Does social media eliminate the need for job boards?

Does social media eliminate the need for job boards?

For the past 15 years, job boards have been a standard part of the job seeker and employer ‘tool kit’. And why not?: job boards have proved to be an efficient way for job seekers to locate hiring companies, apply for jobs, and get a resume in front of potential employers.

But now the onset of social media such as LinkedIn, Facebook, Twitter, and other services might make you wonder – do you really need the job boards anymore? Let’s take a closer look.

Social media as it relates to employment falls into two general categories: ‘site-based’ and ‘service-based’.

Site-based: These include LinkedIn, MySpace, Facebook, and so on. We call them ‘site-based’ because the primary social interaction occurs on the service’s website. For example, on LinkedIn you can build a profile that covers the high points in your work experience; your profile can then be visible to recruiters and potential employers. You can also join groups focused on specific interests (for example, ‘green jobs’) or industries. Most importantly, you can build your own ‘network’ of connections – people you know personally or professional, along with their friends and colleagues.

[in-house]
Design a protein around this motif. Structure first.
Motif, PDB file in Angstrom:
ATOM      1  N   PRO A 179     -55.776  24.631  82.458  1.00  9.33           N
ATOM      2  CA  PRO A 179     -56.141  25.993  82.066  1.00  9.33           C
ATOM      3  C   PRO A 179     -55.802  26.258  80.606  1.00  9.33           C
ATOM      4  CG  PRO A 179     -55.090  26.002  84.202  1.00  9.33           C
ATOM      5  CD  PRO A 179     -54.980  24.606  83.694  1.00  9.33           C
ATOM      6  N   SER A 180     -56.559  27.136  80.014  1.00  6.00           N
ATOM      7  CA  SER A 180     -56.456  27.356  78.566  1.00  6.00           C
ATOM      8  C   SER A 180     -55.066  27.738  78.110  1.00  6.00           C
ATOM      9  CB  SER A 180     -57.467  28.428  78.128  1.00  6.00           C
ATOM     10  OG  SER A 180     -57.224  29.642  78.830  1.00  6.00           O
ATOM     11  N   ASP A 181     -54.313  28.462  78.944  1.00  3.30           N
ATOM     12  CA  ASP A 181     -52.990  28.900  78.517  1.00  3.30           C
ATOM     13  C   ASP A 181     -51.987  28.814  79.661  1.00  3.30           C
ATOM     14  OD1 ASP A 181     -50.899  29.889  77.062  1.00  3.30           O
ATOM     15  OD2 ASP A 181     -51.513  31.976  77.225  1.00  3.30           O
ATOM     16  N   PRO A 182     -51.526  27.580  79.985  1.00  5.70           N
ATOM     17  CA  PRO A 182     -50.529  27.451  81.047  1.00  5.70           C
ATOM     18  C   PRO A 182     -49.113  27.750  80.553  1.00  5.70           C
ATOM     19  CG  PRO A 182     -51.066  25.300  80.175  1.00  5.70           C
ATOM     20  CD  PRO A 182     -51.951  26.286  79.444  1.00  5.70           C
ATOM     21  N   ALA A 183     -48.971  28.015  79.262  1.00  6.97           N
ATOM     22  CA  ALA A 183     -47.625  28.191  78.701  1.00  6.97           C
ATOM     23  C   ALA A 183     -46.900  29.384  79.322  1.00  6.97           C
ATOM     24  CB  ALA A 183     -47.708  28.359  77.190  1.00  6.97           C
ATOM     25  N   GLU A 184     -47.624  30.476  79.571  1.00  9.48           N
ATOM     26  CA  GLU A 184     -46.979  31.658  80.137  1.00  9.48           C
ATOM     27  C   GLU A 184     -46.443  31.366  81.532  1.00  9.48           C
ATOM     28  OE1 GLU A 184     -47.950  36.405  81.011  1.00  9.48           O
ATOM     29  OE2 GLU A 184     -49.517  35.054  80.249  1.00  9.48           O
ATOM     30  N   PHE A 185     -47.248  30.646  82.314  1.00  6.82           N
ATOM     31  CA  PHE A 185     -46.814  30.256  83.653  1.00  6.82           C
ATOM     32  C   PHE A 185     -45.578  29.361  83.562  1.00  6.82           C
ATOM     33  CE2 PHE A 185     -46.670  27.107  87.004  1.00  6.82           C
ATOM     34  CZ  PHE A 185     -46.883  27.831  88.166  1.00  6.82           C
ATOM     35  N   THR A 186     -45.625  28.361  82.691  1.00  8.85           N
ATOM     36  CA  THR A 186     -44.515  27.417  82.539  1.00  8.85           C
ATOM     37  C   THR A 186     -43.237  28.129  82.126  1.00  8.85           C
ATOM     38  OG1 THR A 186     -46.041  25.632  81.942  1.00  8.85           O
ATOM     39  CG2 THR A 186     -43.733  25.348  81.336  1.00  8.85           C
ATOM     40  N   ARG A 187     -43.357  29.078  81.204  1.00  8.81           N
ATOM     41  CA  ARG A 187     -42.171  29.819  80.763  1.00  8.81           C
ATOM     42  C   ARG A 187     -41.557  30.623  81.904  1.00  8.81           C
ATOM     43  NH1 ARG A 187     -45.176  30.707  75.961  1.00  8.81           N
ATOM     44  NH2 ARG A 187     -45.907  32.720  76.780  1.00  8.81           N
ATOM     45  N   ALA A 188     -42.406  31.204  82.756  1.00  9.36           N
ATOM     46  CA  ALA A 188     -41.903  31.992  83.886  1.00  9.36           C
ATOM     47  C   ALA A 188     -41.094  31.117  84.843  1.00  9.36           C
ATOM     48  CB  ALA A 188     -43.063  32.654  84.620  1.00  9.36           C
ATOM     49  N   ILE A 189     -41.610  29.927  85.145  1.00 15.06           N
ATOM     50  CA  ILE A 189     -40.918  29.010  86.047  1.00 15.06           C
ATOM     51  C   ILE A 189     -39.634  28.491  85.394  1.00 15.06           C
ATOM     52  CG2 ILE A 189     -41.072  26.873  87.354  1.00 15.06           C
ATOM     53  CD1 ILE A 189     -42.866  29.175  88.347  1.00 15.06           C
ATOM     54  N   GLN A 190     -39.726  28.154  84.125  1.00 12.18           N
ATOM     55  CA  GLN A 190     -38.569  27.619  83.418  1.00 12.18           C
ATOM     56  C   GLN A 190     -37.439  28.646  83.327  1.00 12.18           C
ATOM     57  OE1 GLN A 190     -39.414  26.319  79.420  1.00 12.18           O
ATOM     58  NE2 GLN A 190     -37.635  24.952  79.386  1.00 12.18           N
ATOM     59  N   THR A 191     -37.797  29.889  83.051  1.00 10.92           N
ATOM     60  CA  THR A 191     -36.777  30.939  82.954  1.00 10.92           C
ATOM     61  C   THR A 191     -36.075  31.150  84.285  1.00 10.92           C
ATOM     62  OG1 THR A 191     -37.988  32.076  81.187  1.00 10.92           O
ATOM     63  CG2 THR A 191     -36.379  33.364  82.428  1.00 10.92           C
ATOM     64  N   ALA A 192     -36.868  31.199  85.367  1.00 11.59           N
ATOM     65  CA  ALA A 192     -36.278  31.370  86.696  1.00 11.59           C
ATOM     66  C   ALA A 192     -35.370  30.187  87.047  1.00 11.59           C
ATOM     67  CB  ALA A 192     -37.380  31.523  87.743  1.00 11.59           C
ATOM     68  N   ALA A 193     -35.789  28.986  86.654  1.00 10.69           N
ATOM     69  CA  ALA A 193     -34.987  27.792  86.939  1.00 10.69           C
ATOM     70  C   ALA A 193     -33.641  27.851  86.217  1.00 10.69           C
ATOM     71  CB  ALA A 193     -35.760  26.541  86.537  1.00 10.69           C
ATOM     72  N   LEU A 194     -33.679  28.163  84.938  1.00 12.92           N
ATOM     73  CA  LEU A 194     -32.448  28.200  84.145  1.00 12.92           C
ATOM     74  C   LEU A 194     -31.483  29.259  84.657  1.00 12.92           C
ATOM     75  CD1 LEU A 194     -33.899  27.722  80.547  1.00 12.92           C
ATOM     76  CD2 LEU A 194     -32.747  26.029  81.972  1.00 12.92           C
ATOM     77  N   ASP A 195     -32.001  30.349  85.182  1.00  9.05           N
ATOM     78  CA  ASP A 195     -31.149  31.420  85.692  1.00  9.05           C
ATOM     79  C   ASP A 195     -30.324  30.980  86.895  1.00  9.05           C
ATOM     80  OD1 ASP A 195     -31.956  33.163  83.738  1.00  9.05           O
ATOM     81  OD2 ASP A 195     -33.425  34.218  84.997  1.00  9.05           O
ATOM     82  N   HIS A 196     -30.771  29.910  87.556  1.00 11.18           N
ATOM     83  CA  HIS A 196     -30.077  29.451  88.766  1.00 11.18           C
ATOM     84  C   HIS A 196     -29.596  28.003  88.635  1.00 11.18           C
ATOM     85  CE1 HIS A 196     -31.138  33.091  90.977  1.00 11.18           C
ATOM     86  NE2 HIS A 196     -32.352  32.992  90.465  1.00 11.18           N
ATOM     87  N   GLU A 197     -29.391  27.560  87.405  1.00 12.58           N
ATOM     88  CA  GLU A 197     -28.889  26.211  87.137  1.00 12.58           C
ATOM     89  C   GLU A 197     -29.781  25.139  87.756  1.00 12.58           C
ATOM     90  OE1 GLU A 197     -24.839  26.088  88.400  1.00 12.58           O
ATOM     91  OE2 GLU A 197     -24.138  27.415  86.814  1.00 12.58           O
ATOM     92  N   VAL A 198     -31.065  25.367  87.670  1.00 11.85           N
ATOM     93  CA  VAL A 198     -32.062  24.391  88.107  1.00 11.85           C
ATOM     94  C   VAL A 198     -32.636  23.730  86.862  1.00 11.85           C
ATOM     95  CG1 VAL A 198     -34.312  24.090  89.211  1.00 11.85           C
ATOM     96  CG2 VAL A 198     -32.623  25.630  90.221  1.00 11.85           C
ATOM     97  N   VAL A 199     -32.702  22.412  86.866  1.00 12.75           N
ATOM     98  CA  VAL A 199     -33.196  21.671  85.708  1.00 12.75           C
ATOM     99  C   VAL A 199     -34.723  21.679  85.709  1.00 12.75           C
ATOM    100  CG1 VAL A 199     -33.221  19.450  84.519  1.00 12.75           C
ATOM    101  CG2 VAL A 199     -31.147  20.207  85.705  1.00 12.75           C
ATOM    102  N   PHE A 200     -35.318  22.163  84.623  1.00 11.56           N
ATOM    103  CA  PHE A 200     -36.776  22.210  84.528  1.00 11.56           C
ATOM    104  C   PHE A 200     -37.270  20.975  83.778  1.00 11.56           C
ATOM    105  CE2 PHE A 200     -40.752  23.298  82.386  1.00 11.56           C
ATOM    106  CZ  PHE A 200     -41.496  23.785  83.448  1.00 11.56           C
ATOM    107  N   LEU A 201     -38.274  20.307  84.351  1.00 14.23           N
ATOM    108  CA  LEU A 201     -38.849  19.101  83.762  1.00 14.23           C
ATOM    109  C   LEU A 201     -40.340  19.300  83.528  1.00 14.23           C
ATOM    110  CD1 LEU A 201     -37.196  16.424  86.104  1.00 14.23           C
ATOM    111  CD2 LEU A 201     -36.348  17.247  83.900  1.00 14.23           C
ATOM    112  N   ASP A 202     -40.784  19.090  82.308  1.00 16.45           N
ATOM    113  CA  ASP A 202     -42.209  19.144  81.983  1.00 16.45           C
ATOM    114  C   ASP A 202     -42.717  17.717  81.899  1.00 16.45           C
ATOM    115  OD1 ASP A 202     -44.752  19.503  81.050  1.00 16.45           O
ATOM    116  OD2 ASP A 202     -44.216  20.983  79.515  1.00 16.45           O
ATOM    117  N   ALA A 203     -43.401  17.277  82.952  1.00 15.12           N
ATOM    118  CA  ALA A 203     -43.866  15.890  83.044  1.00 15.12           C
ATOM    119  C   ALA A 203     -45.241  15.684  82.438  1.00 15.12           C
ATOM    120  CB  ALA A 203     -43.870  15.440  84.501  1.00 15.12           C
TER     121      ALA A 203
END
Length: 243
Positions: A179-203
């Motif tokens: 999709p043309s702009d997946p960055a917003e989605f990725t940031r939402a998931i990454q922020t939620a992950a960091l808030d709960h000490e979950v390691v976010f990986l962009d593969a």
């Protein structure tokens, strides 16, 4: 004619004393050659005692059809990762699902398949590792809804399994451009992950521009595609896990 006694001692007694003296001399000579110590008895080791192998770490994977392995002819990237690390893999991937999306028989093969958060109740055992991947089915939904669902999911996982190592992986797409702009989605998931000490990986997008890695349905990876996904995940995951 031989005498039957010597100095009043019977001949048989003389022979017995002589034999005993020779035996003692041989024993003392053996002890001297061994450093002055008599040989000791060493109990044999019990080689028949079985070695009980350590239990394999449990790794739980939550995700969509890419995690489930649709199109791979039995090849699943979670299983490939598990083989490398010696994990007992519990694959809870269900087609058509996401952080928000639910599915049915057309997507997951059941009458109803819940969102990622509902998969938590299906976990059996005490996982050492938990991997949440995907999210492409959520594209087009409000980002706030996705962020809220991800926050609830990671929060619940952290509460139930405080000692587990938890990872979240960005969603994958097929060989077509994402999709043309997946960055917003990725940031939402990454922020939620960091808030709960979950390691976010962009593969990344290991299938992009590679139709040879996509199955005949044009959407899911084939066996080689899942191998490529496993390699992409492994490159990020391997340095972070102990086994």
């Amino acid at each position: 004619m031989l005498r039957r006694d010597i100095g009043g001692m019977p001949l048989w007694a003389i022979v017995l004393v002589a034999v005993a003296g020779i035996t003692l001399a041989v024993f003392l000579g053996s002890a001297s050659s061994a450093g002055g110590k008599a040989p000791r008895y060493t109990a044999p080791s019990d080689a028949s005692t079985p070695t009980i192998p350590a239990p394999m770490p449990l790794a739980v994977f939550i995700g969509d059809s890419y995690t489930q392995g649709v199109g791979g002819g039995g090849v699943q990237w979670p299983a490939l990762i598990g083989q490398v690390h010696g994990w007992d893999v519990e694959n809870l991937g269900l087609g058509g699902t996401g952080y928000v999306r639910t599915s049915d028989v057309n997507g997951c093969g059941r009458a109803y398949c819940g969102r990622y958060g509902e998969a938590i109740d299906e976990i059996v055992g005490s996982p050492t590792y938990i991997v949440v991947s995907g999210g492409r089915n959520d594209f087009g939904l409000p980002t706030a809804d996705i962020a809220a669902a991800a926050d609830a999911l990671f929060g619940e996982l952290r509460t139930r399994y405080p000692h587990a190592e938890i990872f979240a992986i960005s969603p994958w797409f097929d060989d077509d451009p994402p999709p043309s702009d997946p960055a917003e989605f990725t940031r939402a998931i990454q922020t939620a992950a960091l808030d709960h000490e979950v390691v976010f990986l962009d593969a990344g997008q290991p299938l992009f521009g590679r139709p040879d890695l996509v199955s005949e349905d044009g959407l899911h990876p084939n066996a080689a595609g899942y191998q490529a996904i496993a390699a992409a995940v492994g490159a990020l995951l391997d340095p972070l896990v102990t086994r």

Service-based: These include such services as Twitter. The primary interaction occurs not on the main Twitter site, but via ‘tweets’ which can be viewed on multiple interfaces and platforms. Unlike a site-based service, a service-based tool has little functionality beyond the ‘messages’ that go from person to person, and network to network. However, because of the size and organization of these networks, a service-based tool like Twitter can provide a significant audience for a job seeker – or a job posting.

Where does a job board fall in these social media categories? In both, it seems – in fact, you might call job boards the ‘original social media’! Much of a job board’s functionality is contained on the site (where you might typically post your resume, search for jobs, read career articles, etc.), but a goodly portion occurs off-site, in the form of job alerts (where jobs are emailed to you), cross-posting of jobs to other sites, and so on.

It's interesting to note too, that... keep reading.

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